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  • FIRST POST
    • Tom99
    • By Tom99 9th Jun 17, 10:13 AM
    • 11Posts
    • 2Thanks
    Tom99
    Assent of Equitable Interest part of property only
    • #1
    • 9th Jun 17, 10:13 AM
    Assent of Equitable Interest part of property only 9th Jun 17 at 10:13 AM
    I am administrator of my father's estate, have obtained probate and will be selling my fathers house.

    There are seven beneficiaries each of whom have a percentage interest and there will be a final inheritance tax bill due after the sale of the house.

    Because it has taken some time to obtain probate and market the house, values has risen. As a result Capital Gains Tax will be paid by the estate.

    This tax can be reduced by transferring the property to the beneficiaries before contracts are exchanges on the sale. Each beneficiary will then be able to use their 11,300 annual allowance. However enough would need to be left in the estate to cover the inheritance tax bill.

    I would like to use an Assent of Equitable Interest to transfer 75% of the beneficial interest (note not the legal interest) to the beneficiaries leaving a 25% share in the estate to pay inheritance tax. The assent would not need to be registered with the Land Registry since the legal title remains with the estate.

    Is it possible to assent only part of the property in this way?

    Thank you
Page 1
    • Yorkshireman99
    • By Yorkshireman99 9th Jun 17, 10:24 AM
    • 2,474 Posts
    • 1,984 Thanks
    Yorkshireman99
    • #2
    • 9th Jun 17, 10:24 AM
    • #2
    • 9th Jun 17, 10:24 AM
    I am administrator of my father's estate, have obtained probate and will be selling my fathers house.

    There are seven beneficiaries each of whom have a percentage interest and there will be a final inheritance tax bill due after the sale of the house.

    Because it has taken some time to obtain probate and market the house, values has risen. As a result Capital Gains Tax will be paid by the estate.

    This tax can be reduced by transferring the property to the beneficiaries before contracts are exchanges on the sale. Each beneficiary will then be able to use their 11,300 annual allowance. However enough would need to be left in the estate to cover the inheritance tax bill.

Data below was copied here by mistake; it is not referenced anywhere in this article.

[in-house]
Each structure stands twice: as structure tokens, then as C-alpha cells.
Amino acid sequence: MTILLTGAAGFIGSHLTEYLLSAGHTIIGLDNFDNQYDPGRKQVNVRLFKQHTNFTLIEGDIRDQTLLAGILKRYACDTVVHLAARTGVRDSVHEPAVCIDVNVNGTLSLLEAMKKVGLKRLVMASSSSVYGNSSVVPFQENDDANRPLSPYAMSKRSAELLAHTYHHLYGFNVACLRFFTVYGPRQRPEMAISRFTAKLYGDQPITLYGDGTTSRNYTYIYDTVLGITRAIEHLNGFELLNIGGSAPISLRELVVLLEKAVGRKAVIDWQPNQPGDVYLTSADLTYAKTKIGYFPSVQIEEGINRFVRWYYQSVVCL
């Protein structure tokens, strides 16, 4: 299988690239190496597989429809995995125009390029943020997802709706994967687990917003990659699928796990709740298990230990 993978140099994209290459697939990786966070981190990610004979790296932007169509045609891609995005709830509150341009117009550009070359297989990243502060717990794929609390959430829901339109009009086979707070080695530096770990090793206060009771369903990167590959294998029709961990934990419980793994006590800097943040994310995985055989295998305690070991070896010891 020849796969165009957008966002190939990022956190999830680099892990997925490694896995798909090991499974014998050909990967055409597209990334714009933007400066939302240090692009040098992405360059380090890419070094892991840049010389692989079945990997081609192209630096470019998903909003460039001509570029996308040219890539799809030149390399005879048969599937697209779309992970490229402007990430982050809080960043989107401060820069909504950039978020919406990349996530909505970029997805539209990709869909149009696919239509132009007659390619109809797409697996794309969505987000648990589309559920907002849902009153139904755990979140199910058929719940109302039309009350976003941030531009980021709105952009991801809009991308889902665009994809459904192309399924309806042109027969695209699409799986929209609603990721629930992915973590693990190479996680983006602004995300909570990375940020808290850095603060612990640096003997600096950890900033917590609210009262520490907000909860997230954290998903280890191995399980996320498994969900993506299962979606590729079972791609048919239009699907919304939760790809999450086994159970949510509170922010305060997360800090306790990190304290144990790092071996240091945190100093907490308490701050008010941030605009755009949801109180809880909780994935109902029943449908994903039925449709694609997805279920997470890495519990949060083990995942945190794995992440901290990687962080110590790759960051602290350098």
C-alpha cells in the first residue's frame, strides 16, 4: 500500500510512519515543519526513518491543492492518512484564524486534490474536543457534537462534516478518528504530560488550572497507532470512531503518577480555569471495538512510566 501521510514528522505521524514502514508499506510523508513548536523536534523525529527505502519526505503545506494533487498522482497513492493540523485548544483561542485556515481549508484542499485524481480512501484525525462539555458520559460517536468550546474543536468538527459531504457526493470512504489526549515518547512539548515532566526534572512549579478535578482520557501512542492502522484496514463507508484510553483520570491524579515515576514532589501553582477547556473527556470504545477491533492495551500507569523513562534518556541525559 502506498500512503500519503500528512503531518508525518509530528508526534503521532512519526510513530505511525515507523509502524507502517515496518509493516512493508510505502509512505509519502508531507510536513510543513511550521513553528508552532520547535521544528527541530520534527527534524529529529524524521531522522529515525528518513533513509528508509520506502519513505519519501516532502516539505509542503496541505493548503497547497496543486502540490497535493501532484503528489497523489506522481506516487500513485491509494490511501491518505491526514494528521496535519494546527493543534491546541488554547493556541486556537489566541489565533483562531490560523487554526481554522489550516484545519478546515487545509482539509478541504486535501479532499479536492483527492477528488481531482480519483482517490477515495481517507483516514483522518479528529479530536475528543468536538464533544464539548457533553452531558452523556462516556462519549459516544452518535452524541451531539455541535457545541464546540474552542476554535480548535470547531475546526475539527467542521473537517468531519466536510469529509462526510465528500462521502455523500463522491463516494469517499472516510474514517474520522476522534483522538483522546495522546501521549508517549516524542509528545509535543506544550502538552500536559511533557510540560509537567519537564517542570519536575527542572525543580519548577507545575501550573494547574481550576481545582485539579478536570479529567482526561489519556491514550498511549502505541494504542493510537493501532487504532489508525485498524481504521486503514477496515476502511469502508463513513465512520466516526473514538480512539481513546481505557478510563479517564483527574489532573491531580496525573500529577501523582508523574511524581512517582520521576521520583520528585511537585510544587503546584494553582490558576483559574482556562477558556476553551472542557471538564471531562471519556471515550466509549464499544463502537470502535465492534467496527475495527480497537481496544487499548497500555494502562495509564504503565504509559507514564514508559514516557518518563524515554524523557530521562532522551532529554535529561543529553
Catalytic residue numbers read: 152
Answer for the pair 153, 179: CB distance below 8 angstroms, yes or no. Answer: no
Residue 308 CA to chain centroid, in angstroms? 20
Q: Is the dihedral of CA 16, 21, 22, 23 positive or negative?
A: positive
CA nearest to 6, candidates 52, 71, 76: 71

I would like to use an Assent of Equitable Interest to transfer 75% of the beneficial interest (note not the legal interest) to the beneficiaries leaving a 25% share in the estate to pay inheritance tax. The assent would not need to be registered with the Land Registry since the legal title remains with the estate.

    Is it possible to assent only part of the property in this way?

    Thank you
    Originally posted by Tom99
    You really need paid for specialist legal advice as to how you can do this, even if you can do it at all. It is emphatically not something you can DIY.
    • Tom99
    • By Tom99 9th Jun 17, 11:03 AM
    • 11 Posts
    • 2 Thanks
    Tom99
    • #3
    • 9th Jun 17, 11:03 AM
    • #3
    • 9th Jun 17, 11:03 AM
    Don't worry there is no chance of me DIYing this, I will be employing a solicitor. I just thought I would ask if anyone else has come across the same problem.
    • MichelleUK
    • By MichelleUK 9th Jun 17, 11:20 AM
    • 263 Posts
    • 167 Thanks
    MichelleUK
    • #4
    • 9th Jun 17, 11:20 AM
    • #4
    • 9th Jun 17, 11:20 AM
    Yes, it is possible but will the CGT tax on the 25% share be fully covered by the estates single CGT allowance?

    If not, it may be better to give 100% ownership to the beneficiaries but add a clause to the document that states that the beneficiaries agree that x will be deducted from their proceeds to cover the outstanding inheritance tax.
    • Tom99
    • By Tom99 9th Jun 17, 11:30 AM
    • 11 Posts
    • 2 Thanks
    Tom99
    • #5
    • 9th Jun 17, 11:30 AM
    • #5
    • 9th Jun 17, 11:30 AM
    Yes the single CGT allowance for the estate will cover the gain on the 25%
    • Tom99
    • By Tom99 13th Jun 17, 2:23 AM
    • 11 Posts
    • 2 Thanks
    Tom99
    • #6
    • 13th Jun 17, 2:23 AM
    • #6
    • 13th Jun 17, 2:23 AM
    MichelleUK - Thank you, do you have pointers to any legal website which confirm the question?
    My own solicitors want to spend five hours research taking three weeks at 235+VAT per hour to give me an answer.